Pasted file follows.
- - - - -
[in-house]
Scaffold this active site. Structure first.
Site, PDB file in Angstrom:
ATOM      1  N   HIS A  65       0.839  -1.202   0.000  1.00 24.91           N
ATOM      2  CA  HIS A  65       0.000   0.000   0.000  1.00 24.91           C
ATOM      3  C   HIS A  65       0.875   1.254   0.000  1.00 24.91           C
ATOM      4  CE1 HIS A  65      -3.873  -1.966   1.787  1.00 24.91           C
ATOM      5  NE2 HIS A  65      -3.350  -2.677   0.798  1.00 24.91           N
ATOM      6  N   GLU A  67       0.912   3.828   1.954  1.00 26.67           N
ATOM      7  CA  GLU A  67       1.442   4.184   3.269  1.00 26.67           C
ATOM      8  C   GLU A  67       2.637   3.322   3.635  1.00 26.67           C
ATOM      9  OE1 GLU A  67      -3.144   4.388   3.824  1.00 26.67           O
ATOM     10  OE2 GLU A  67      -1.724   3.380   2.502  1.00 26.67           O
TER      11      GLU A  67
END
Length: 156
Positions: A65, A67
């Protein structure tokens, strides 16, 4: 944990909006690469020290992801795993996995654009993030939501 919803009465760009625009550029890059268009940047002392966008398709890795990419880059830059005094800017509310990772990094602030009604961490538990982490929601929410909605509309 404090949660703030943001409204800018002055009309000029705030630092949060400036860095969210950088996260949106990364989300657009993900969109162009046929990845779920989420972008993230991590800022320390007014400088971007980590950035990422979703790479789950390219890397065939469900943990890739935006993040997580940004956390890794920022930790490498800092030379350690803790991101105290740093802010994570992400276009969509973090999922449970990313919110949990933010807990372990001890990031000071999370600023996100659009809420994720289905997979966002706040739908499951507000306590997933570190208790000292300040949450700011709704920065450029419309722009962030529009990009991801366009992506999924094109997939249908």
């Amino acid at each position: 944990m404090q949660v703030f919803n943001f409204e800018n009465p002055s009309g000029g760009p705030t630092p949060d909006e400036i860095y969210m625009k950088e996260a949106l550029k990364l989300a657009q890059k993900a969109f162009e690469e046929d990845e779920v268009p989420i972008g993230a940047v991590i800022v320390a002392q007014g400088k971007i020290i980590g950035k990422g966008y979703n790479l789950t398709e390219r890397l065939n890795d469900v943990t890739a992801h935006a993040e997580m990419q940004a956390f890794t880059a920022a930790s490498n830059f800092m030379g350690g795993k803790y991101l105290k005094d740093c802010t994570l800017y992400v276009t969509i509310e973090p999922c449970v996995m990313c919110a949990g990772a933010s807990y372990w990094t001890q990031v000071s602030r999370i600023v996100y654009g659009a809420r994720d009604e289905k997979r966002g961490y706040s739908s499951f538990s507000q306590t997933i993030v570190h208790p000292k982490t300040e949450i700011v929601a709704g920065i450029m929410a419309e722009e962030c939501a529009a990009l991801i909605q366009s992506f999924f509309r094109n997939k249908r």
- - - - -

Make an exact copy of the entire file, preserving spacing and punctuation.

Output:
[in-house]
Scaffold this active site. Structure first.
Site, PDB file in Angstrom:
ATOM      1  N   HIS A  65       0.839  -1.202   0.000  1.00 24.91           N
ATOM      2  CA  HIS A  65       0.000   0.000   0.000  1.00 24.91           C
ATOM      3  C   HIS A  65       0.875   1.254   0.000  1.00 24.91           C
ATOM      4  CE1 HIS A  65      -3.873  -1.966   1.787  1.00 24.91           C
ATOM      5  NE2 HIS A  65      -3.350  -2.677   0.798  1.00 24.91           N
ATOM      6  N   GLU A  67       0.912   3.828   1.954  1.00 26.67           N
ATOM      7  CA  GLU A  67       1.442   4.184   3.269  1.00 26.67           C
ATOM      8  C   GLU A  67       2.637   3.322   3.635  1.00 26.67           C
ATOM      9  OE1 GLU A  67      -3.144   4.388   3.824  1.00 26.67           O
ATOM     10  OE2 GLU A  67      -1.724   3.380   2.502  1.00 26.67           O
TER      11      GLU A  67
END
Length: 156
Positions: A65, A67
């Protein structure tokens, strides 16, 4: 944990909006690469020290992801795993996995654009993030939501 919803009465760009625009550029890059268009940047002392966008398709890795990419880059830059005094800017509310990772990094602030009604961490538990982490929601929410909605509309 404090949660703030943001409204800018002055009309000029705030630092949060400036860095969210950088996260949106990364989300657009993900969109162009046929990845779920989420972008993230991590800022320390007014400088971007980590950035990422979703790479789950390219890397065939469900943990890739935006993040997580940004956390890794920022930790490498800092030379350690803790991101105290740093802010994570992400276009969509973090999922449970990313919110949990933010807990372990001890990031000071999370600023996100659009809420994720289905997979966002706040739908499951507000306590997933570190208790000292300040949450700011709704920065450029419309722009962030529009990009991801366009992506999924094109997939249908």
């Amino acid at each position: 944990m404090q949660v703030f919803n943001f409204e800018n009465p002055s009309g000029g760009p705030t630092p949060d909006e400036i860095y969210m625009k950088e996260a949106l550029k990364l989300a657009q890059k993900a969109f162009e690469e046929d990845e779920v268009p989420i972008g993230a940047v991590i800022v320390a002392q007014g400088k971007i020290i980590g950035k990422g966008y979703n790479l789950t398709e390219r890397l065939n890795d469900v943990t890739a992801h935006a993040e997580m990419q940004a956390f890794t880059a920022a930790s490498n830059f800092m030379g350690g795993k803790y991101l105290k005094d740093c802010t994570l800017y992400v276009t969509i509310e973090p999922c449970v996995m990313c919110a949990g990772a933010s807990y372990w990094t001890q990031v000071s602030r999370i600023v996100y654009g659009a809420r994720d009604e289905k997979r966002g961490y706040s739908s499951f538990s507000q306590t997933i993030v570190h208790p000292k982490t300040e949450i700011v929601a709704g920065i450029m929410a419309e722009e962030c939501a529009a990009l991801i909605q366009s992506f999924f509309r094109n997939k249908r």